AV: After the dystopian approach of Station Eleven, what stimulated you to write a novel partly based on Bernie Madoff’s Ponzi scheme?

ESJM: I was fascinated by the scale of the crime. The thing with that Ponzi scheme is that the returns could be graphed on a perfect 45° angle, like a child’s drawing of a mountainside. Which is to say that it should have been apparent to any sophisticated investor that something was awry, and yet a great many very financially sophisticated people fell for the scam. Which means there was a fascinating kind of mass delusion at play—it was as if all of these people who should have known better decided en masse to believe in a fairy tale.

But more than that, I was fascinated by the staff. About six or seven of Madoff’s staffers went to prison, because it’s not like he was formatting all those fake account statements by himself. When Madoff was arrested, I was an administrative assistant at The Rockefeller University in New York City. I really liked my coworkers, and what I found myself thinking about was the camaraderie that you have with any group of committed people who work together, and then I couldn’t help but think about how much more intense and wild that camaraderie would be if we were all showing up at work on Monday morning to perpetuate a massive crime.

AV: You were born on Vancouver Island, off the west coast of British Columbia, and you grew up mostly on Denman Island, a much smaller island nearby. The setting for some of the scenes in The Glass Hotel is the far northern end of Vancouver Island. What characteristics of where you grew up were helpful in writing about this setting?

ESJM: Just the knowledge of it, I’d say. Writing about places you don’t know very well is an invitation to receive several hundred emails telling you about all the details you got wrong.

AV: There is a passage where Vincent’s mother, who wanted to write poetry, “somehow found herself sunk in the mundane difficulties of raising a child and running a household.” I think so many writers who are parents will identify with this—how do you manage to write with all of the demands of motherhood and daily chores?

ESJM: I think this is an area where acknowledging privilege is important. There’s a reason why my daughter’s former nanny is the final name in the acknowledgments of The Glass Hotel: no one was more important than her in my ability to write that book. Writing while parenting is a problem that can be solved by spending an enormous amount of money on childcare, and that’s how I did it. I try to be transparent about this, because I don’t want parents who are struggling to get any writing done to feel like they’re just not working hard enough. The success of Station Eleven allowed my husband and I to employ an almost-full-time nanny for three years, after which I helped her find a new job and my daughter started going to a preschool full-time. Which was also expensive, but only about half as expensive as employing someone.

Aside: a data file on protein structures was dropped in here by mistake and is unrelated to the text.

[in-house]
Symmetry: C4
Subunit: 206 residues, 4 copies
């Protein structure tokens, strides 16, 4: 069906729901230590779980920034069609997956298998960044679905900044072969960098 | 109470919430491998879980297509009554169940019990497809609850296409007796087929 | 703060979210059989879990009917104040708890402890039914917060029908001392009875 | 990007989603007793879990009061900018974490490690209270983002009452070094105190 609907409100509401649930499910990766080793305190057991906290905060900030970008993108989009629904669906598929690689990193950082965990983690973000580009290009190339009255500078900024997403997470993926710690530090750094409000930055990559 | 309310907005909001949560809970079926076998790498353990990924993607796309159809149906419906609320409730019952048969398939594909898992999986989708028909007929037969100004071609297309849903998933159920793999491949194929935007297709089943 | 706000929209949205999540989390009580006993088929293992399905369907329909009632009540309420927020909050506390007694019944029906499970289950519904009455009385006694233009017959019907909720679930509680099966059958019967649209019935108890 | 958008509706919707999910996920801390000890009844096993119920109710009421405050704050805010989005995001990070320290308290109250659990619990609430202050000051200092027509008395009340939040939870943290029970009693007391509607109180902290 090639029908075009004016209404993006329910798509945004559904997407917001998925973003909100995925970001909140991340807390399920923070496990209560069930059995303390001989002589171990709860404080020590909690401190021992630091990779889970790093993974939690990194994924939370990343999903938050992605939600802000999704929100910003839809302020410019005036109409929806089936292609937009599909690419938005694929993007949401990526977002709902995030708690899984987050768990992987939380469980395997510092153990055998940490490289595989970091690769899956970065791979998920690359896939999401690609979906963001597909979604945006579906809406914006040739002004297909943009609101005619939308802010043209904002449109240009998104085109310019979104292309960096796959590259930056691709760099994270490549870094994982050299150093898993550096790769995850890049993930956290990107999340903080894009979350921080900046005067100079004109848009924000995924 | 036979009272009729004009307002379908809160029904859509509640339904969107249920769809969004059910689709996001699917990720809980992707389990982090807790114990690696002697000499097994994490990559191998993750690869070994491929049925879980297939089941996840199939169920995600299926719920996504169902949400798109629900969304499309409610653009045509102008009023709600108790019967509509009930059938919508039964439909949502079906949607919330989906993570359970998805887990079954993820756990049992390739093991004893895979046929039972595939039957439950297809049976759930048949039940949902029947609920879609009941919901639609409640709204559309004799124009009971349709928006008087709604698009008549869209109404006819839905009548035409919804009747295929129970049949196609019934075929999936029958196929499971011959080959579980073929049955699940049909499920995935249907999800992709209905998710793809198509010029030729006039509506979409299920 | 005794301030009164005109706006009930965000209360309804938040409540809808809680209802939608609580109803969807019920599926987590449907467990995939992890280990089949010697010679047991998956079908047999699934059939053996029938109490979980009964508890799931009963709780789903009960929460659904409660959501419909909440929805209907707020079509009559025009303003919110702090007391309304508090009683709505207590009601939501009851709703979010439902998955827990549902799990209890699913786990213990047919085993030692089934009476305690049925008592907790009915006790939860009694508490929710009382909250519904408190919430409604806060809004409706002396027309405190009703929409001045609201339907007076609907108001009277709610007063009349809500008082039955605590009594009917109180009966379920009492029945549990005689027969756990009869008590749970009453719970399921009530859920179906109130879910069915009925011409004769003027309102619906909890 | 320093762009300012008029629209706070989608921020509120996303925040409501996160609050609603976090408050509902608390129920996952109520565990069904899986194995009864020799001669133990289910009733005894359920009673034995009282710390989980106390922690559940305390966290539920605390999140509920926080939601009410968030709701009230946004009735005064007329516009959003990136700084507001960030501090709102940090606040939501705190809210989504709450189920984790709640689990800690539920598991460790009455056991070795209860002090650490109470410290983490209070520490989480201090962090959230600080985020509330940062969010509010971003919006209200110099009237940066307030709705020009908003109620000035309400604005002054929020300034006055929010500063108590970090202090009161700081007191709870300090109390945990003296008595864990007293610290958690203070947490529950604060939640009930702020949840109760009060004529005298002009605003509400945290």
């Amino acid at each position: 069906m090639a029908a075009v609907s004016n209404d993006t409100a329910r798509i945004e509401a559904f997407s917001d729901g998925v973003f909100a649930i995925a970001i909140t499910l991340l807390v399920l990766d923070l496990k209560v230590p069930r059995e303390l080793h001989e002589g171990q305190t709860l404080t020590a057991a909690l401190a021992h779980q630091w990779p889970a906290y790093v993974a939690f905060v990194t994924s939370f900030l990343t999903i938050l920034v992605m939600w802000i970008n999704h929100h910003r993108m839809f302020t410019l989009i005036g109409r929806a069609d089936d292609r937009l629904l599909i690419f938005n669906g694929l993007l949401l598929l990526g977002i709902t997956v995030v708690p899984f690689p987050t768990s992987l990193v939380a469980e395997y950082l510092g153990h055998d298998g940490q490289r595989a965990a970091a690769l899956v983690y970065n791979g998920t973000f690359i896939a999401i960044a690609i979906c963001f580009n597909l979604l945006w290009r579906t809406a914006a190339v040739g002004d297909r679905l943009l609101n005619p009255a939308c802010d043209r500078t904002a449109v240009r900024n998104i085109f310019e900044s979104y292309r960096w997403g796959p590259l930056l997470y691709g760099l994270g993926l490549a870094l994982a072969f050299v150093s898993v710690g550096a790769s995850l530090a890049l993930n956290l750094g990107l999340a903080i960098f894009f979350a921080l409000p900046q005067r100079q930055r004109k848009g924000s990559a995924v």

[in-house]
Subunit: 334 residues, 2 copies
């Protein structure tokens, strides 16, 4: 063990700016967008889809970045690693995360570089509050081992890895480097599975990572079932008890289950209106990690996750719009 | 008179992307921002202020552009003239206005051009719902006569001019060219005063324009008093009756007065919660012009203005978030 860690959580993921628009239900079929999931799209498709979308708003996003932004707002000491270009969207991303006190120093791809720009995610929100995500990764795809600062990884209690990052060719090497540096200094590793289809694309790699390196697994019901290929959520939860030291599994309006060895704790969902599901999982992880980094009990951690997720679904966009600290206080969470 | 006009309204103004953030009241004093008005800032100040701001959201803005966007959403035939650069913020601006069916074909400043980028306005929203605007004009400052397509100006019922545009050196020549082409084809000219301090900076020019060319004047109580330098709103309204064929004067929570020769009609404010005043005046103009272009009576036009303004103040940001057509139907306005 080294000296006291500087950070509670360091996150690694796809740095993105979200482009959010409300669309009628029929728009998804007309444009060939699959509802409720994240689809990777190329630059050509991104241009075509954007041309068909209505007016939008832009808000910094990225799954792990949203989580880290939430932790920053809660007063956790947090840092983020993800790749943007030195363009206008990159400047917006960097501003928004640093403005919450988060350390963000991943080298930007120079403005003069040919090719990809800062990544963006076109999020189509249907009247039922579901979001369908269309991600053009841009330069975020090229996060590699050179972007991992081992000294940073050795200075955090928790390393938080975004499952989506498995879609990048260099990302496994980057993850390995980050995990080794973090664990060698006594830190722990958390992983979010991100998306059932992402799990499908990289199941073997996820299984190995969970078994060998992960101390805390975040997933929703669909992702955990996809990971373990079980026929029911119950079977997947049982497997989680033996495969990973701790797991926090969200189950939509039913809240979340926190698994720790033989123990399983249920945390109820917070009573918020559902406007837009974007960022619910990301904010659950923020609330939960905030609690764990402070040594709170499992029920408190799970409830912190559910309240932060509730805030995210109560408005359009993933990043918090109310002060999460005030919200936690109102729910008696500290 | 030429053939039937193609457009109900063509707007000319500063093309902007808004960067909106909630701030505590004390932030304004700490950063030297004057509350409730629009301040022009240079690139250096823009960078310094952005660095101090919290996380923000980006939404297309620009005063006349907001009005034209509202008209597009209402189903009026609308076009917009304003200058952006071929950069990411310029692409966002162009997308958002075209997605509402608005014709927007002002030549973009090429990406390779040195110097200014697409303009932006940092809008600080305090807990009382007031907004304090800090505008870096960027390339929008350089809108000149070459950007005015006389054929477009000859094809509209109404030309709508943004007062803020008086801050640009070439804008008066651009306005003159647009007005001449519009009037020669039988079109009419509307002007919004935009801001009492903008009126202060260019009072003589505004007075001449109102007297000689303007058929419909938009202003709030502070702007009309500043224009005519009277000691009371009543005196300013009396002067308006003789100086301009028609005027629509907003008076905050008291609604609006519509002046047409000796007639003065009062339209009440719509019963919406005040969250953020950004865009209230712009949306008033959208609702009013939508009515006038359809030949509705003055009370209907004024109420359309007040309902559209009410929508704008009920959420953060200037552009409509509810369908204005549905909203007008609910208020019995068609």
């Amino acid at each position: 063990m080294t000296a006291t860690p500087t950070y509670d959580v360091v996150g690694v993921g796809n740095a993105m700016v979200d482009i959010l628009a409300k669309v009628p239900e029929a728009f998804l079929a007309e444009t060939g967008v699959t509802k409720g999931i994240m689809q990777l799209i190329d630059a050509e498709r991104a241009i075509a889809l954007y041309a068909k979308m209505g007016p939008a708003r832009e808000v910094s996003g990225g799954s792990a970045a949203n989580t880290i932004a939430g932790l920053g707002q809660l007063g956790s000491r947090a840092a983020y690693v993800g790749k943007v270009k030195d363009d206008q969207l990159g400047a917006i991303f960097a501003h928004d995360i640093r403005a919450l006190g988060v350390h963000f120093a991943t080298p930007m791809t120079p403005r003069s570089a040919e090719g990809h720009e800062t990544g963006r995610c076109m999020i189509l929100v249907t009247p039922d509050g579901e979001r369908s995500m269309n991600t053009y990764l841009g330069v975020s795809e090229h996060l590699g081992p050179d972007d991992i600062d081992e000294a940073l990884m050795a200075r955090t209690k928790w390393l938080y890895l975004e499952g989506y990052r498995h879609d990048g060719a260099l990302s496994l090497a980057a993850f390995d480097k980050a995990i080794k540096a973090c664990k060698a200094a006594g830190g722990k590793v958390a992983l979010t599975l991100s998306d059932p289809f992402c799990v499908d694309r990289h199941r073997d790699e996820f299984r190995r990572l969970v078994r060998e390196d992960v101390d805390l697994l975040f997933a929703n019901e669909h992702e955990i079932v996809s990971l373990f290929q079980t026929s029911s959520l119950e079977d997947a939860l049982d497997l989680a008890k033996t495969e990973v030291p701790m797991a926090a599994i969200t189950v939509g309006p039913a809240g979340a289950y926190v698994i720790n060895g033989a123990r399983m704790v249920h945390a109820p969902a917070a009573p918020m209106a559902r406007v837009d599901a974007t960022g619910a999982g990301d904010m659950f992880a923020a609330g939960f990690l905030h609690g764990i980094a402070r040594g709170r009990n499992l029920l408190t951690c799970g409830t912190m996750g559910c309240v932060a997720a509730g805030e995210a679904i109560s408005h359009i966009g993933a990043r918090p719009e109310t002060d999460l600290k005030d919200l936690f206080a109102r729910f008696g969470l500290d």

But now, in quarantine with no access to childcare, it’s a whole different thing, and a different kind of privilege comes into play: I have a spouse who’s able to work from home. My husband and I trade off on childcare throughout the day. It’s difficult and exhausting and neither of us has enough time, but we’re making it work and I believe we can keep going this way indefinitely. I’ve been thinking a lot about how much more difficult this time must be for single parents.

AV: The Glass Hotel starts with Vincent’s apparent suicide plunge into the ocean, followed by the words “Sweep me up.” The words not only allude to the last words spoken by Soren Kierkegaard and to the reader who is about to get swept up with your prose, but to Vincent as well, as we learn later: “She’d never had a clear vision of what she wanted her life to look like, she had always been directionless, but she did know that she wanted to be swept up, to be plucked from the crowd . . .” Tell us how the character of Vincent came into existence. From a rebellious teenager to a photographer, trophy wife, and eventual recluse, she definitely experiences a lot of changes in her life.

ESJM: She began as a trophy wife. If you’re going to write about a white-collar crime, you’re writing about money, and the phenomenon of trophy wives is a tiny niche of the economy that I find interesting. The rest of her biography came about from imagining her character arc before and after her time with Alkaitis. I liked the idea of a character who was able to reinvent herself at will, which is a quality that I admire in real life.

AV: Mirella, who is married to the Saudi prince Faisal and seems like a sort of doppelganger for Vincent, tells Vincent that cities, while different, are really the same because “money is its own country,” and that while the scenery might be different, “my life felt more or less the same in Singapore as it did in London.” Jonathan Alkaitis’s extension of this is that “money is a country and he had the keys to the kingdom.” It’s ironic that at the end, Alkaitis is in prison and the only key is the one that locks him in his cell. Global economics seems like a challenging topic to tackle in a novel—does this subject come naturally to you, or did you have to learn a bit about finance to go where you needed to in the book?

ESJM: I did have to learn a bit about finance. But what’s perhaps more relevant to those quotes of Mirella’s is that I’ve lived in more than one socioeconomic class, and having money vs. not having money are such profoundly different states that moving from one to the other really is as profound as moving between countries.